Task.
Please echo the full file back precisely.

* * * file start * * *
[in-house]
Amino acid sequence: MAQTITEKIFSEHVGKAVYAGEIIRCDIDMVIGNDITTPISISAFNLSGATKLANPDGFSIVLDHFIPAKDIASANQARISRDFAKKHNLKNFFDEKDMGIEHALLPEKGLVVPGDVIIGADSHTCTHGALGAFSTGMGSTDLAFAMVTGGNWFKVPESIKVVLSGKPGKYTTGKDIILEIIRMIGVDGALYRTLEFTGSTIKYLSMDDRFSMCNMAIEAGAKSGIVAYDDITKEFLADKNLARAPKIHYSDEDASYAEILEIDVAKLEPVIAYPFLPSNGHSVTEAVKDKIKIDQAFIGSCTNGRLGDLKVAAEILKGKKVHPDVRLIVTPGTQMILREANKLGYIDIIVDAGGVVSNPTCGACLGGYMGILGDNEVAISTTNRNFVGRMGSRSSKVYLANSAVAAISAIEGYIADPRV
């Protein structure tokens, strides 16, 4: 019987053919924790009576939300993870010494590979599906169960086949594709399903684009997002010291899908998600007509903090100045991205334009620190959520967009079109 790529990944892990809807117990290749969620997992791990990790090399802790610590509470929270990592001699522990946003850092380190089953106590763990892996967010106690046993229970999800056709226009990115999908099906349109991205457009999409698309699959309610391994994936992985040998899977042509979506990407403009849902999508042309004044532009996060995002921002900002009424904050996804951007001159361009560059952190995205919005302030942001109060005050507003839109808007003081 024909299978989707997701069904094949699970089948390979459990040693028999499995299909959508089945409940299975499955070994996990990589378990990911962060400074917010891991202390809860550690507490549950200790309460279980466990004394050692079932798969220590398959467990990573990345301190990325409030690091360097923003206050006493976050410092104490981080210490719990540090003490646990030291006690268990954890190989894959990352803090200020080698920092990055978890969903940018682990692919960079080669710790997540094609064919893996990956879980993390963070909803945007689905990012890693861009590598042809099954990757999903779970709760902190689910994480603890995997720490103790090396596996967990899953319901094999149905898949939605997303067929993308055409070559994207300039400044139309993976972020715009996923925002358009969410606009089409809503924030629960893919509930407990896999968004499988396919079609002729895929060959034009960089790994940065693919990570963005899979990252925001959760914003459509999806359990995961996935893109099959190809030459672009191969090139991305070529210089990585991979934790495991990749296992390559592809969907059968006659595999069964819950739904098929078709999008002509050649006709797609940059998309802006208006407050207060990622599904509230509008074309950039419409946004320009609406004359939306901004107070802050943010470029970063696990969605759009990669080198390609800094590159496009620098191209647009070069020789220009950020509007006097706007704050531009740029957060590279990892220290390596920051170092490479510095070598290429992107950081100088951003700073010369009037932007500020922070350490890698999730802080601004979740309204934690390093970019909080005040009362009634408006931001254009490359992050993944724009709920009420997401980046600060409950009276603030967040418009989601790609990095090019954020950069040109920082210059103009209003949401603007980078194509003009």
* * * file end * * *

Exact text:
[in-house]
Amino acid sequence: MAQTITEKIFSEHVGKAVYAGEIIRCDIDMVIGNDITTPISISAFNLSGATKLANPDGFSIVLDHFIPAKDIASANQARISRDFAKKHNLKNFFDEKDMGIEHALLPEKGLVVPGDVIIGADSHTCTHGALGAFSTGMGSTDLAFAMVTGGNWFKVPESIKVVLSGKPGKYTTGKDIILEIIRMIGVDGALYRTLEFTGSTIKYLSMDDRFSMCNMAIEAGAKSGIVAYDDITKEFLADKNLARAPKIHYSDEDASYAEILEIDVAKLEPVIAYPFLPSNGHSVTEAVKDKIKIDQAFIGSCTNGRLGDLKVAAEILKGKKVHPDVRLIVTPGTQMILREANKLGYIDIIVDAGGVVSNPTCGACLGGYMGILGDNEVAISTTNRNFVGRMGSRSSKVYLANSAVAAISAIEGYIADPRV
């Protein structure tokens, strides 16, 4: 019987053919924790009576939300993870010494590979599906169960086949594709399903684009997002010291899908998600007509903090100045991205334009620190959520967009079109 790529990944892990809807117990290749969620997992791990990790090399802790610590509470929270990592001699522990946003850092380190089953106590763990892996967010106690046993229970999800056709226009990115999908099906349109991205457009999409698309699959309610391994994936992985040998899977042509979506990407403009849902999508042309004044532009996060995002921002900002009424904050996804951007001159361009560059952190995205919005302030942001109060005050507003839109808007003081 024909299978989707997701069904094949699970089948390979459990040693028999499995299909959508089945409940299975499955070994996990990589378990990911962060400074917010891991202390809860550690507490549950200790309460279980466990004394050692079932798969220590398959467990990573990345301190990325409030690091360097923003206050006493976050410092104490981080210490719990540090003490646990030291006690268990954890190989894959990352803090200020080698920092990055978890969903940018682990692919960079080669710790997540094609064919893996990956879980993390963070909803945007689905990012890693861009590598042809099954990757999903779970709760902190689910994480603890995997720490103790090396596996967990899953319901094999149905898949939605997303067929993308055409070559994207300039400044139309993976972020715009996923925002358009969410606009089409809503924030629960893919509930407990896999968004499988396919079609002729895929060959034009960089790994940065693919990570963005899979990252925001959760914003459509999806359990995961996935893109099959190809030459672009191969090139991305070529210089990585991979934790495991990749296992390559592809969907059968006659595999069964819950739904098929078709999008002509050649006709797609940059998309802006208006407050207060990622599904509230509008074309950039419409946004320009609406004359939306901004107070802050943010470029970063696990969605759009990669080198390609800094590159496009620098191209647009070069020789220009950020509007006097706007704050531009740029957060590279990892220290390596920051170092490479510095070598290429992107950081100088951003700073010369009037932007500020922070350490890698999730802080601004979740309204934690390093970019909080005040009362009634408006931001254009490359992050993944724009709920009420997401980046600060409950009276603030967040418009989601790609990095090019954020950069040109920082210059103009209003949401603007980078194509003009």